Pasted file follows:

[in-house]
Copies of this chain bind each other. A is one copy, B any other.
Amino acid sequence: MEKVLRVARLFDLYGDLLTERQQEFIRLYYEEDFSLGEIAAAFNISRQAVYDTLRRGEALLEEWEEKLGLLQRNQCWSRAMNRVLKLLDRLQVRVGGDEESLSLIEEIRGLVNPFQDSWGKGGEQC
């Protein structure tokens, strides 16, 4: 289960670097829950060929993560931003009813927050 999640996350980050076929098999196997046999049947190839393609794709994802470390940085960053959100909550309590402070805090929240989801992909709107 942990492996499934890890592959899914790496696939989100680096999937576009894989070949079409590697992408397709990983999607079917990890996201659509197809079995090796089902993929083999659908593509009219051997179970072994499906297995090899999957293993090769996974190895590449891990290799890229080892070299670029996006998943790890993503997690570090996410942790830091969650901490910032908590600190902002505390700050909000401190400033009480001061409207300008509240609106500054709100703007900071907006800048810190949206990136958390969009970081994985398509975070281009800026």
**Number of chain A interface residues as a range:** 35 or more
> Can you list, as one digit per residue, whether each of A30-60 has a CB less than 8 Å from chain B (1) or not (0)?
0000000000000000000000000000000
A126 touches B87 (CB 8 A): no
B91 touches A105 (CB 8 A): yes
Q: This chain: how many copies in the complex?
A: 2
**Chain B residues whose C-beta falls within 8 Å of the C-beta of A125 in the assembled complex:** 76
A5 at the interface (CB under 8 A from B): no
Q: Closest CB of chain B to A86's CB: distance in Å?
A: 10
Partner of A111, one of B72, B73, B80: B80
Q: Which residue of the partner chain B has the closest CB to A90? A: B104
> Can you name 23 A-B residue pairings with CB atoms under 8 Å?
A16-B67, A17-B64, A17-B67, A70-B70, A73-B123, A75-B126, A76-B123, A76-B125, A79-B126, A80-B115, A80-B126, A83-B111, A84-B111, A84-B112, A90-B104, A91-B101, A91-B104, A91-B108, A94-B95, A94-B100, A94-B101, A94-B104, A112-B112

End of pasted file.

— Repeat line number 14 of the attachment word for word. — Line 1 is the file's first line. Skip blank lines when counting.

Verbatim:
Q: Closest CB of chain B to A86's CB: distance in Å?